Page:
Is the government of Canada really suggesting that Donald Trump's motives to develop the extradition were in alignment with Western ‘rule of law' principles? It is important to note that allegations of Meng committing ‘fraud’ lack substantive evidence and have yet to be proven in Canadian courts. Is it possible that Canada agreed to a ‘Trumped up’ extradition request without considering the legitimacy of the allegations or the geopolitical objectives of the Trump administration? To date the preponderance of evidence suggests that Canada was complicit in agreeing to a ‘Trumped-up’ extradition request.

If Canadian federal officials, including the Prime Minister are using  the ‘rule of law’  to justify their actions, is it not hypocritical for them to this discard this principle when convenient to them. For example,  why were  the Royal Canadian Mounted Police (RCMP) and the Canada Border Services Agency (CBSA) allowed to violate Meng's rights that are protected under the Canadian Charter? Both agencies are supposed to serve, promote, and defend the Canadian ‘rule of law’ aren’t they?

After landing at Vancouver International Airport on December 1, 2018, Meng was detained by CBSA officials. She was required to hand over her cellular devices and reveal the passcodes for those devices, all of which occurred in the absence of legal counsel. It is worth noting that CBSA officials broke the law when seizing these items and demanding the passwords. It is also worth noting that the RCMP had a warrant for Meng’s arrest but decided not to use it. Instead, for reasons unknown, the RCMP allowed CBSA officials to detain her solely to gain access to her electronic devices which as mentioned is illegal.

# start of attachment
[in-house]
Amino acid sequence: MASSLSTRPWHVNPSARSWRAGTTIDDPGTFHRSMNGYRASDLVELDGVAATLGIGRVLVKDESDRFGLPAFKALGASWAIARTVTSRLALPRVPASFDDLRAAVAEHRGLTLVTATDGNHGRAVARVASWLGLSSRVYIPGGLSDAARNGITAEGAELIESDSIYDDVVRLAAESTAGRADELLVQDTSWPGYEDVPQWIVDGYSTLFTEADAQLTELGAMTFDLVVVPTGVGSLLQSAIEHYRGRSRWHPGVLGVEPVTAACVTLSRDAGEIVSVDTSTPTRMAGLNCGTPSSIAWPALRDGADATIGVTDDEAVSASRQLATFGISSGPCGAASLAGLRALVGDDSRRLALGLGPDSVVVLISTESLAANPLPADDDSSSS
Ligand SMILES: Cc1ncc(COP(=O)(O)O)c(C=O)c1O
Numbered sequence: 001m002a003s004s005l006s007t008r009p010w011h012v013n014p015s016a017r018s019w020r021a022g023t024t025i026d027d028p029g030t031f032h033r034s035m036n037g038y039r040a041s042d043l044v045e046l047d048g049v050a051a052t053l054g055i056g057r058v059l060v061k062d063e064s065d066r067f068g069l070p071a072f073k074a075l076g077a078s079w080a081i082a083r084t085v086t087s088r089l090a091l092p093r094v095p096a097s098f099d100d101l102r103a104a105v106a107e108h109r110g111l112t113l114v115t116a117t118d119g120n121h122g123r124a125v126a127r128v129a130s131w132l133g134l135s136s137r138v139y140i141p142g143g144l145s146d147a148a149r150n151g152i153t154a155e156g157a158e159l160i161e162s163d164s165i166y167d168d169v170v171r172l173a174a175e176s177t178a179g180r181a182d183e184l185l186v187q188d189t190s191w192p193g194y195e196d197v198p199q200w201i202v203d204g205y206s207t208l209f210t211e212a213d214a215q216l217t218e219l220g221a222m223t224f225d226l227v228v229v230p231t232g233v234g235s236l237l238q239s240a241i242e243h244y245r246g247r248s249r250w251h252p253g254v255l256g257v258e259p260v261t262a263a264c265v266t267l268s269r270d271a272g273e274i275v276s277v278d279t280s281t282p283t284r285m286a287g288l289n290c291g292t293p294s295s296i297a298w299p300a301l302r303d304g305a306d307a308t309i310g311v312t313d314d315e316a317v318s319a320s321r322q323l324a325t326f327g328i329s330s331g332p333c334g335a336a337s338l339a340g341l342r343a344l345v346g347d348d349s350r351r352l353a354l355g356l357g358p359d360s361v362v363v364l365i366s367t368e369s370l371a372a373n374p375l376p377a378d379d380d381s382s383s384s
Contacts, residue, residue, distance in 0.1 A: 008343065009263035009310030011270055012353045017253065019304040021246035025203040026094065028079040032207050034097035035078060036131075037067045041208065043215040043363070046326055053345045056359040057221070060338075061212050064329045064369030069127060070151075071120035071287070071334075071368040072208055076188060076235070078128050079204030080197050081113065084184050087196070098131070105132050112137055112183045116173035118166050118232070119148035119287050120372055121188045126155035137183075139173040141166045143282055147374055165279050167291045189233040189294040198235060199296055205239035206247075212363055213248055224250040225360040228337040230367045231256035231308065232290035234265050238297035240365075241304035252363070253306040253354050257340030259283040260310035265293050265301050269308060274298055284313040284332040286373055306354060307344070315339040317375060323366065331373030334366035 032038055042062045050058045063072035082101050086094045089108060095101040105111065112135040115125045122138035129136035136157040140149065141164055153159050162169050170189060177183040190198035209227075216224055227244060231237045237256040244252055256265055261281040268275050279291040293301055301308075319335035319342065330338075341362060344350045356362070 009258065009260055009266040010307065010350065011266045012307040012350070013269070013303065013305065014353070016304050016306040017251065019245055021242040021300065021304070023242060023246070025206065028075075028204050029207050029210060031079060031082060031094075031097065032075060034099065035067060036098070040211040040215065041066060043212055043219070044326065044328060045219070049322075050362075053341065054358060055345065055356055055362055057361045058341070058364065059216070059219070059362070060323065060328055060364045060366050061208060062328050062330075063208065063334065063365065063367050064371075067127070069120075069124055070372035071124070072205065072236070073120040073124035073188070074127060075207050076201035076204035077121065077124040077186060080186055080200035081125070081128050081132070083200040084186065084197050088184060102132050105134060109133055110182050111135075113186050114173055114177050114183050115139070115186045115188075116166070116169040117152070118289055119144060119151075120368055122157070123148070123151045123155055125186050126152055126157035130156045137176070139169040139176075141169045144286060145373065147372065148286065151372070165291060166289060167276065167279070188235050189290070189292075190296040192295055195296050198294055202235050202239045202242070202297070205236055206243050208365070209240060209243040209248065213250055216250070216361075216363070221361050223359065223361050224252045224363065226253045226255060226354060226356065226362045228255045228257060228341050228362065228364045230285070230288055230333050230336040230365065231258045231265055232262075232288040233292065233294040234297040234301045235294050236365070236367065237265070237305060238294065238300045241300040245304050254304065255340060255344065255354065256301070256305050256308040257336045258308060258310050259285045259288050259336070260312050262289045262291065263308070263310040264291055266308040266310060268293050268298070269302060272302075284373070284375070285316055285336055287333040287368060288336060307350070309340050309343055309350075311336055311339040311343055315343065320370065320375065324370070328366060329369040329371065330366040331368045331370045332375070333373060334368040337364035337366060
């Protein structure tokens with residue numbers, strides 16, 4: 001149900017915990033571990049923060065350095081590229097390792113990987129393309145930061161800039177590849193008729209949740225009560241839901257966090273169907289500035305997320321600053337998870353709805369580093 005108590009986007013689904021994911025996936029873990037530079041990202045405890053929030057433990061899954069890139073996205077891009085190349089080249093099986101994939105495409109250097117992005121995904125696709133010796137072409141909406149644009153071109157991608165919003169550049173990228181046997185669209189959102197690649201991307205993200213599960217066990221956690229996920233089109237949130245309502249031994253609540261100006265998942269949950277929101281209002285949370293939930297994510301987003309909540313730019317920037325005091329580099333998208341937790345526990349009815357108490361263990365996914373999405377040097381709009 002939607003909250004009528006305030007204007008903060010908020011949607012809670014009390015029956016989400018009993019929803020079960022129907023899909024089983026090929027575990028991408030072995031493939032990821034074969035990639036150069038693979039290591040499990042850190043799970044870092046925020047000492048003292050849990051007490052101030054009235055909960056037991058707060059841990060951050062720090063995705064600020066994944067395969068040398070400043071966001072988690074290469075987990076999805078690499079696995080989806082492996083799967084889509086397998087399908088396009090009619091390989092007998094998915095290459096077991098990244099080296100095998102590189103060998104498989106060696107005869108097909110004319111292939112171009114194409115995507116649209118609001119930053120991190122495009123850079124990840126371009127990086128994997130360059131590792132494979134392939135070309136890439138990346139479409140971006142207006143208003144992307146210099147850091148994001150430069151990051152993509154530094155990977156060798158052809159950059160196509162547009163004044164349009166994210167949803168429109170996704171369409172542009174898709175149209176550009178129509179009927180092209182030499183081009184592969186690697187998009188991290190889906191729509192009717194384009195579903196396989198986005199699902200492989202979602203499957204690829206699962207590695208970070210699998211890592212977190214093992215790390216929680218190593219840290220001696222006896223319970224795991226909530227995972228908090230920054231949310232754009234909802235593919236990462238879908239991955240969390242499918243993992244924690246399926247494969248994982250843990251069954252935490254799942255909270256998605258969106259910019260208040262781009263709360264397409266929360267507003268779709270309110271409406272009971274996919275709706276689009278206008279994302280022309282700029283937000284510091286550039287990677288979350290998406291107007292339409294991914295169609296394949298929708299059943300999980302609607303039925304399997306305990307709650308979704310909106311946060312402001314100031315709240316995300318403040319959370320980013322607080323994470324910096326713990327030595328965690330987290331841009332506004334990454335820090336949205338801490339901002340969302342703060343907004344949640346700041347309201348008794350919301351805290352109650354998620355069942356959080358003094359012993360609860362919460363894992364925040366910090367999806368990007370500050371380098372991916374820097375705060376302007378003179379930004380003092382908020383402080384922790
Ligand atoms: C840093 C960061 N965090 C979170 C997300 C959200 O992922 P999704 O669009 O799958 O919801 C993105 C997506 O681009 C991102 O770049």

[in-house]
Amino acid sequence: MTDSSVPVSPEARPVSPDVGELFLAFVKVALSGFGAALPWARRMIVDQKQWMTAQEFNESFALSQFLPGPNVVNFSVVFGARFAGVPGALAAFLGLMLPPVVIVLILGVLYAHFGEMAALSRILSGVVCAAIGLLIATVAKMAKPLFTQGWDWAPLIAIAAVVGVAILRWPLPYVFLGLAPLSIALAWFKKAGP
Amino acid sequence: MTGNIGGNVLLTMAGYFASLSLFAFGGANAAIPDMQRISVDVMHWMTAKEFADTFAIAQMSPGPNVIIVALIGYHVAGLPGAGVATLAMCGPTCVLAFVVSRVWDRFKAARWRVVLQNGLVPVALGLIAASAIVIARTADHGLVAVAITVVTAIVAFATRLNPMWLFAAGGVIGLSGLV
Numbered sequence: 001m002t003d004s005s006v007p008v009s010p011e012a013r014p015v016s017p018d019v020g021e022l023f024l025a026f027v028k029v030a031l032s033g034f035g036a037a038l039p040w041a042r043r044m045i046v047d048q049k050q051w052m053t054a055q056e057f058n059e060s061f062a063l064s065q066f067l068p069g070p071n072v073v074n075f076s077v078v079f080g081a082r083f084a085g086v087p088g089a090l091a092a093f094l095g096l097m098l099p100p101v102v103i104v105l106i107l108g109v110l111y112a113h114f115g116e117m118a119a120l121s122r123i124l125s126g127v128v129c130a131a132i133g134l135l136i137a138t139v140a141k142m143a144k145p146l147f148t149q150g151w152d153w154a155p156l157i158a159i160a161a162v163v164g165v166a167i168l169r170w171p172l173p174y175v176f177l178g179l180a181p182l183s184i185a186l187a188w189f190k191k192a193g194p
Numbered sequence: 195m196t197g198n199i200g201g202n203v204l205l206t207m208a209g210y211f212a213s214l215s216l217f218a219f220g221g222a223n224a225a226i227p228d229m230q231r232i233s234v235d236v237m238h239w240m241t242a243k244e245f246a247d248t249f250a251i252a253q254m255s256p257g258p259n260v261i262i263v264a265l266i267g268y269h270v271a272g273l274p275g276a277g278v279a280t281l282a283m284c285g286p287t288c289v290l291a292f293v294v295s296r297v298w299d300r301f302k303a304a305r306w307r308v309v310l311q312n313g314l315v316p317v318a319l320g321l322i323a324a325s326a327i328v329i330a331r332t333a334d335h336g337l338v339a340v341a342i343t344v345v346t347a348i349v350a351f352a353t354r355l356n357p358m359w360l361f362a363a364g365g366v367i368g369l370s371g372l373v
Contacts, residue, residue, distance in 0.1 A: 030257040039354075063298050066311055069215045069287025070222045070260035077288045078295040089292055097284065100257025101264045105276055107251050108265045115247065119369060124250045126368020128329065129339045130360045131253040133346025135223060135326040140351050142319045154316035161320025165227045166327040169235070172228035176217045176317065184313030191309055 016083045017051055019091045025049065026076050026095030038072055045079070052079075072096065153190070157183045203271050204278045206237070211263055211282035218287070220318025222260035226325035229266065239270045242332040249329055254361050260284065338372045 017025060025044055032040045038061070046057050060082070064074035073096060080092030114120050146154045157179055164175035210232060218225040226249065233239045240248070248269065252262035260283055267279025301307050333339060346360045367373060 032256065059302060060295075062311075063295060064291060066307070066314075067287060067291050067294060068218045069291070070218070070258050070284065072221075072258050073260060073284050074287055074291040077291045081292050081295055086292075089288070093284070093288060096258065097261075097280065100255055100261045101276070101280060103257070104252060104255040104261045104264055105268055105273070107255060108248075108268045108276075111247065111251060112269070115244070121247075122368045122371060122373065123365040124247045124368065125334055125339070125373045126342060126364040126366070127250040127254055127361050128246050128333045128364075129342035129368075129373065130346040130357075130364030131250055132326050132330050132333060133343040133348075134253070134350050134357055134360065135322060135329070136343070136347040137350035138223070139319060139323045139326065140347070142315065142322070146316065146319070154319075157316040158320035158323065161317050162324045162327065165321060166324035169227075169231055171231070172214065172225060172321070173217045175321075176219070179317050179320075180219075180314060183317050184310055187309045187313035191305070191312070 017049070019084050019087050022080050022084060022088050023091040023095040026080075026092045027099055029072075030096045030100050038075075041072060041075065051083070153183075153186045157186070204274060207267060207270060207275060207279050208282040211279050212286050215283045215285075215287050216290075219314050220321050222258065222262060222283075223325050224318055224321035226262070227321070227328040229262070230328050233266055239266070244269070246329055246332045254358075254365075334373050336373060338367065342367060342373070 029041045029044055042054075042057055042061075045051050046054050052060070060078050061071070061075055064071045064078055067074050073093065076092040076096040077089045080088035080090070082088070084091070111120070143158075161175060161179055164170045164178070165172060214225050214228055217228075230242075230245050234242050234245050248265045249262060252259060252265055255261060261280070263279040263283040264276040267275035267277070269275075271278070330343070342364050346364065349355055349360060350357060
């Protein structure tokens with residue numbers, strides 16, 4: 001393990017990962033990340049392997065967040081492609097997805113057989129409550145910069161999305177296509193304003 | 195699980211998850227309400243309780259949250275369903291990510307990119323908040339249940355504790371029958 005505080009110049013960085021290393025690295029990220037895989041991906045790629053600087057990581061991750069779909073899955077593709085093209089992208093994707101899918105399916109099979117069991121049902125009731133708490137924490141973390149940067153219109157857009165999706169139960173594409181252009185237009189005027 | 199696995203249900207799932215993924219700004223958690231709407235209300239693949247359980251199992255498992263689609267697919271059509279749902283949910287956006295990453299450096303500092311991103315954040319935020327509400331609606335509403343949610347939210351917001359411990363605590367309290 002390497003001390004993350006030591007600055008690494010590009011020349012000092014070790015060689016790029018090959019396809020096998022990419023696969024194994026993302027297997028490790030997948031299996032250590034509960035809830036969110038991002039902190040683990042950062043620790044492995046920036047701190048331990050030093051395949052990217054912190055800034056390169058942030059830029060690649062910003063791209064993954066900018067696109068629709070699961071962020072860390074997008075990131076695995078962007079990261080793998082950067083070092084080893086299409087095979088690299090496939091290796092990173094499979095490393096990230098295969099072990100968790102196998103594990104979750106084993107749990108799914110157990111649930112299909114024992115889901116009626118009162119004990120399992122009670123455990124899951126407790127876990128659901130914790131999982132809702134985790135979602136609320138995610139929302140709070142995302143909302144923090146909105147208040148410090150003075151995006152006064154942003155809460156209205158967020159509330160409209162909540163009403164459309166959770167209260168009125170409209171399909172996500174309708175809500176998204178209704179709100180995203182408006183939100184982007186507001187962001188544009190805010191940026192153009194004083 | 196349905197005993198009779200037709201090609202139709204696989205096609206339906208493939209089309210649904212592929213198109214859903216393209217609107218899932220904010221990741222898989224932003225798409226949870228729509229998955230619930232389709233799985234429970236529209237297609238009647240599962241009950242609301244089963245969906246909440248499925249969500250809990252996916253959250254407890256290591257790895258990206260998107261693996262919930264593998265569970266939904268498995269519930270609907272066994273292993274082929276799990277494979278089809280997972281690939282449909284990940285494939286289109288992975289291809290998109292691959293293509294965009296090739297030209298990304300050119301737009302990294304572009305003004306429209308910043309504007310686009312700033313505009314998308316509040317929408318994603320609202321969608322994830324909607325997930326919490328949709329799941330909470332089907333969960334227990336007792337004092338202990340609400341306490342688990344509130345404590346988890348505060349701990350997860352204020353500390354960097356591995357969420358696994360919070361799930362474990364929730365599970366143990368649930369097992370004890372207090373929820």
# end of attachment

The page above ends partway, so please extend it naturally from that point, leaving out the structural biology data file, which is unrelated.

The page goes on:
Several Canadian extradition law experts have openly noted that the CBSA  unequivocally violated Meng’s charter rights. One of them is Vancouver-based lawyer Dr. Gary Botting who says,"they took her under custody without telling her why. They disguised the real reason why they detained her. Her rights were violated.’ In terms of identifying which rights were violated, Section 10(b) of the Canadian Charter of Rights and Freedoms holds that The detainee has the right to be informed of the right to retain and instruct counsel without delay."

From the outset, both the RCMP and CBSA neglected to adhere to basic legal principles.

Canada has not done its due diligence. As a result, we are in the middle of a high-stakes political case between two competing superpowers. More significantly, we have two innocent Canadians detained in Chinese prisons, and we have a high-level Chinese executive accused of fraud by the previous Trump administration whose motives are highly questionable.

So, what is the strategy? It is in the interests of the Canadian government to intervene and quash Meng’s extradition to the U.S.  Canadian lawyer Brian Greenspan observes that, ‘In 1999, the Extradition Act was amended to include a specific provision that allows for the Justice Minister and Attorney General of Canada to intervene in an extradition at any point during the judicial phase.’

Every day the case continues, Canada loses. There is no way for Canada to win unless it makes a concession and admits that it, too, has behaved arbitrarily.

Ultimately, the ball is in Canada's court if it hopes to see the return of the two Michaels on Canadian soil. It is important for Canada to recognize that the carrot will work better than the stick.